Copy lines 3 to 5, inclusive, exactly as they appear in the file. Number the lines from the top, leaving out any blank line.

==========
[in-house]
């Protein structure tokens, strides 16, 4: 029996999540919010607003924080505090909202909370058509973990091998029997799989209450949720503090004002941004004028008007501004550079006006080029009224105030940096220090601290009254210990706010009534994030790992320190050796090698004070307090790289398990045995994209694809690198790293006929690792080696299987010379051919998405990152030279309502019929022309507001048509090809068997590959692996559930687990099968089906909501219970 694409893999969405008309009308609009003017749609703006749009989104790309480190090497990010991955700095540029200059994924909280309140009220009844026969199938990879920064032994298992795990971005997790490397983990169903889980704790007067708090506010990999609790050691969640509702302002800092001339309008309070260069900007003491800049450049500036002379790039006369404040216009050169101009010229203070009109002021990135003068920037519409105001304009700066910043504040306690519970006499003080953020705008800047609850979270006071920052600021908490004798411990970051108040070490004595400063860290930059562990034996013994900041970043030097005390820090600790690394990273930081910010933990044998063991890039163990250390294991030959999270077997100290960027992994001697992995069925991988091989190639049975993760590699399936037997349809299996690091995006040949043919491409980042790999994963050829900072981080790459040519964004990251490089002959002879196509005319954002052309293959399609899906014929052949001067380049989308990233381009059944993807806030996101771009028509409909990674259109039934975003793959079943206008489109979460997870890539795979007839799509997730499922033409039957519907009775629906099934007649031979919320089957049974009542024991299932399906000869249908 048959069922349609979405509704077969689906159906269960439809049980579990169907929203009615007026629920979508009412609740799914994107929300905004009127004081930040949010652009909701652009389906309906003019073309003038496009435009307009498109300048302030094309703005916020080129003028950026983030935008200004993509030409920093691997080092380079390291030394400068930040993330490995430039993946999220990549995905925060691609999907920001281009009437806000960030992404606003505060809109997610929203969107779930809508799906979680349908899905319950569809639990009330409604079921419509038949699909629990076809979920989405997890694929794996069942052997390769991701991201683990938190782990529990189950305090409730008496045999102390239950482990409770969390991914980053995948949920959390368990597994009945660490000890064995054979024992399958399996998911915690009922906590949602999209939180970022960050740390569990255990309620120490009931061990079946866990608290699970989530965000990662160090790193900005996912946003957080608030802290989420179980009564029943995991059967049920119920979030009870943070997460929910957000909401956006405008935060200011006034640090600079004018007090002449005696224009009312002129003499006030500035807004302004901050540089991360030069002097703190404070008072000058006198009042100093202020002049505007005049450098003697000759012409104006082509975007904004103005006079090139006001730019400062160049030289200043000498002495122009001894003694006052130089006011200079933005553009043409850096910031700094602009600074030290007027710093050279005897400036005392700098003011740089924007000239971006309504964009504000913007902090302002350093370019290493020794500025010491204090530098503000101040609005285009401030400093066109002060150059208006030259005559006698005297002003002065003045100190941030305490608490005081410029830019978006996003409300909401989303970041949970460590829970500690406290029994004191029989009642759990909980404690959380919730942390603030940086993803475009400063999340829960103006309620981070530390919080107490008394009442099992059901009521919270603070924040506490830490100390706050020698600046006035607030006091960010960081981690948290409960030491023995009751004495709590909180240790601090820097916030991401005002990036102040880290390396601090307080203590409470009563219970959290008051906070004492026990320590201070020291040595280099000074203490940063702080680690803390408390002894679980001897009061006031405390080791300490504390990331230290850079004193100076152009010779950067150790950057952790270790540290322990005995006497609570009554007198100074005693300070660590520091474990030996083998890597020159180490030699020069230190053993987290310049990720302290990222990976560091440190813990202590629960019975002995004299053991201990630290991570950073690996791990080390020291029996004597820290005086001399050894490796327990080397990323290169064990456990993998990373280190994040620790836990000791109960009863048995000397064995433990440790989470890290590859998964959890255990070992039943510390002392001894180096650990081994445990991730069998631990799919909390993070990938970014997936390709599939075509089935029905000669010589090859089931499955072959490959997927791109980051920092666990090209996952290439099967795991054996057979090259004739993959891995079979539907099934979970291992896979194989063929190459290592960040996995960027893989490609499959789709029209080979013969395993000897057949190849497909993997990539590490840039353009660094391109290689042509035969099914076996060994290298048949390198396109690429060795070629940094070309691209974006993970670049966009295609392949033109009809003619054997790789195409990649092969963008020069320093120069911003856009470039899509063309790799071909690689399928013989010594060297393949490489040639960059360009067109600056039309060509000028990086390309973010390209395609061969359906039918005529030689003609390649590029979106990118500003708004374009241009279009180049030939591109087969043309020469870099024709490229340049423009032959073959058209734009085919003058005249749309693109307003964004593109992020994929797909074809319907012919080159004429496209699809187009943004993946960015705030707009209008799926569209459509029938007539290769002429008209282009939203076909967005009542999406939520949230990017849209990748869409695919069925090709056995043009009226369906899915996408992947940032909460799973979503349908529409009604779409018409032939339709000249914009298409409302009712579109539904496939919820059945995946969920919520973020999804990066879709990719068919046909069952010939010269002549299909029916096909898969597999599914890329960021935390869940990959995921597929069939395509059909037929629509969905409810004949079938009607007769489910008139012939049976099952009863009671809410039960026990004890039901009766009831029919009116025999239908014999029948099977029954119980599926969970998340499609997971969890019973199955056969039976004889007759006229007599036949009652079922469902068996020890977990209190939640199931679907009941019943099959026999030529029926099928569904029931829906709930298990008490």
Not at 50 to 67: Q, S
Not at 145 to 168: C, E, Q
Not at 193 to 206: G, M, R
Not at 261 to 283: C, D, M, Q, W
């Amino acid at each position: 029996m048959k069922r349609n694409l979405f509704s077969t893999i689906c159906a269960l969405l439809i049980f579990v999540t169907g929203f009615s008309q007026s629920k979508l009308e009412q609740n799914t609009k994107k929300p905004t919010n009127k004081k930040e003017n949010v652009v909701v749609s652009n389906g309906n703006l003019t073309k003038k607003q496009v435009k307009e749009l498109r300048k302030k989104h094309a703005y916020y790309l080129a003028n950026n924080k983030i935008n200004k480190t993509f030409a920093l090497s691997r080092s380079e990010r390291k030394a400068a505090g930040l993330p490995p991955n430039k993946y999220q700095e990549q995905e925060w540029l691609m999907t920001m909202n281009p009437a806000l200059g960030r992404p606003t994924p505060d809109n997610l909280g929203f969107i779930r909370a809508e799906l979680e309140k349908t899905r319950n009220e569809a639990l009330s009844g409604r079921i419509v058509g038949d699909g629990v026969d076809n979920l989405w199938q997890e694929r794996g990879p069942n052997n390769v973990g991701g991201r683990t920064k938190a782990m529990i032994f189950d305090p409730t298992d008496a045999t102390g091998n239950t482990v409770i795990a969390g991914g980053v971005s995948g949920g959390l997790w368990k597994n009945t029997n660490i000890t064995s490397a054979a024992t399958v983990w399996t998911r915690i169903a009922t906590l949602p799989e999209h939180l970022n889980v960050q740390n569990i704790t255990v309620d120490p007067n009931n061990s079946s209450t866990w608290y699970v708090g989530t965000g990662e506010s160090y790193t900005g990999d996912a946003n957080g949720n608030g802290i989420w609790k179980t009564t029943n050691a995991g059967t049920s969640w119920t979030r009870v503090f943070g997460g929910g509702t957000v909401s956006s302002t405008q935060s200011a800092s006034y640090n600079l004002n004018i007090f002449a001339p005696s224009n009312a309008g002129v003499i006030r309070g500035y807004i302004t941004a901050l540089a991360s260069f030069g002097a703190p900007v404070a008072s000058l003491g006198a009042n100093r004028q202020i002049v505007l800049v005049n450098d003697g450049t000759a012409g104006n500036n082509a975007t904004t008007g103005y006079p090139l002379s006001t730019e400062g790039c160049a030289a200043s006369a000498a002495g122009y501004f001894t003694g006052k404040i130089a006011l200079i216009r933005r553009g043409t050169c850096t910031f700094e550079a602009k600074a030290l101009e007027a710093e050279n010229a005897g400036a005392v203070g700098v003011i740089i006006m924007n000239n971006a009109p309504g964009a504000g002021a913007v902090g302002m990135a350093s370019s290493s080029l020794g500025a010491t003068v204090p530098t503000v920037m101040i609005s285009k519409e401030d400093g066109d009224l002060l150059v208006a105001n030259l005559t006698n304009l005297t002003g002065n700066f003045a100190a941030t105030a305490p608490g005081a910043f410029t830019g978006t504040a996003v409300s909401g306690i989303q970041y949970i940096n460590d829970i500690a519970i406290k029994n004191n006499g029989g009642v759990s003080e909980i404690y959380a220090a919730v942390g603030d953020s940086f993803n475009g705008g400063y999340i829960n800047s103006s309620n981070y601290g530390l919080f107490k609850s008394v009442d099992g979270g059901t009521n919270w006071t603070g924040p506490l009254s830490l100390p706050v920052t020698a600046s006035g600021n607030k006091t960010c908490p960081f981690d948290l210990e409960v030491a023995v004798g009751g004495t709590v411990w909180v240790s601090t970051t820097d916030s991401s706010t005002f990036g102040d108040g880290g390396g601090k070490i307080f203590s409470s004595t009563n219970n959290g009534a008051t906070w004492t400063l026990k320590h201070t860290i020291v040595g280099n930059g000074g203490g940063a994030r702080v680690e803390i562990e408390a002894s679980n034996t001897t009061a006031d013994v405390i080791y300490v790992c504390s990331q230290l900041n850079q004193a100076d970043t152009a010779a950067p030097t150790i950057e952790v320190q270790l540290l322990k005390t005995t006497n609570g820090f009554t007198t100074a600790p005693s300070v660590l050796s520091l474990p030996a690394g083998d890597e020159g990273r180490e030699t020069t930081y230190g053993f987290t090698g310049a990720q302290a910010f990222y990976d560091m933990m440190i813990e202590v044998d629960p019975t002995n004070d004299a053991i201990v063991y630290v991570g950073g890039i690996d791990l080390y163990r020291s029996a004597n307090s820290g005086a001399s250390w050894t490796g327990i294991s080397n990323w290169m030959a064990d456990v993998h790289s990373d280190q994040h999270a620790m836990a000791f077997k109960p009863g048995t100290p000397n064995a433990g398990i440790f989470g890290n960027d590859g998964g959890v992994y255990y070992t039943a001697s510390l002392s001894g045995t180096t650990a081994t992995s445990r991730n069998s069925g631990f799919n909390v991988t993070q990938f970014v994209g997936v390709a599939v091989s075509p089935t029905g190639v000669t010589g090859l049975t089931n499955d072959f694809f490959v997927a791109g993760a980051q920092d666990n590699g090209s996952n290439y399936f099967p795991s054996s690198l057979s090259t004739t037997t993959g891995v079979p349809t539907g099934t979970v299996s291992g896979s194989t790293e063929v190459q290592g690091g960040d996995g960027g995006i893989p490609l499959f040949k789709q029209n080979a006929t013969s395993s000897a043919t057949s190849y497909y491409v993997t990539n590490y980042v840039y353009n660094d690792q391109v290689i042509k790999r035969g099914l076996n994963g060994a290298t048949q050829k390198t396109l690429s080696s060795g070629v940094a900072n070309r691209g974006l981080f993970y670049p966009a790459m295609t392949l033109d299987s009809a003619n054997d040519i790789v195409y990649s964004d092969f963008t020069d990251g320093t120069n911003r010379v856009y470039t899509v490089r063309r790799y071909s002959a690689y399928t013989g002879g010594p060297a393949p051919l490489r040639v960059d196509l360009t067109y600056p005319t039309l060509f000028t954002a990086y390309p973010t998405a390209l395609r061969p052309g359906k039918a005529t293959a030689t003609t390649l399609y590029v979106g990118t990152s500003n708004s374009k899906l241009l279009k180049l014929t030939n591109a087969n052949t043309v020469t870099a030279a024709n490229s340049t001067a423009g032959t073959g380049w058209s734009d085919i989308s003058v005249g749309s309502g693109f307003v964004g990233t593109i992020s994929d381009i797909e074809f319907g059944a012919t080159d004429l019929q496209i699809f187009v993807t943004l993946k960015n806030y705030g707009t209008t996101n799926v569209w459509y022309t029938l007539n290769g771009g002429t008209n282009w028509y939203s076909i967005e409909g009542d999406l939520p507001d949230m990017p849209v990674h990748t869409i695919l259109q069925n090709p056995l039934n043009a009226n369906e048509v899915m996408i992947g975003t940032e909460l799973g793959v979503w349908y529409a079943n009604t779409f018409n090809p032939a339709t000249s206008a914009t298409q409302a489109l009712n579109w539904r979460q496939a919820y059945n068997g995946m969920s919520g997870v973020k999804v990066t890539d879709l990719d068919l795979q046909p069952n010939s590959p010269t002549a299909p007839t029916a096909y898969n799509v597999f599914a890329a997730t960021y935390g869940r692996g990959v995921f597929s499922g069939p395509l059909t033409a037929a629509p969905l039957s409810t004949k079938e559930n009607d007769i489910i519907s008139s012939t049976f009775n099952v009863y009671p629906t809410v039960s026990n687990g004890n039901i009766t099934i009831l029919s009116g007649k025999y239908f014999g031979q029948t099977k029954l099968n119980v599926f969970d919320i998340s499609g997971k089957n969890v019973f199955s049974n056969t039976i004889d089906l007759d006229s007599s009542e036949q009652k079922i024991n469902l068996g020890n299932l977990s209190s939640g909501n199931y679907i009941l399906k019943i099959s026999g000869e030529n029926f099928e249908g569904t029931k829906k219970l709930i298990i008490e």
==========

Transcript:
Not at 50 to 67: Q, S
Not at 145 to 168: C, E, Q
Not at 193 to 206: G, M, R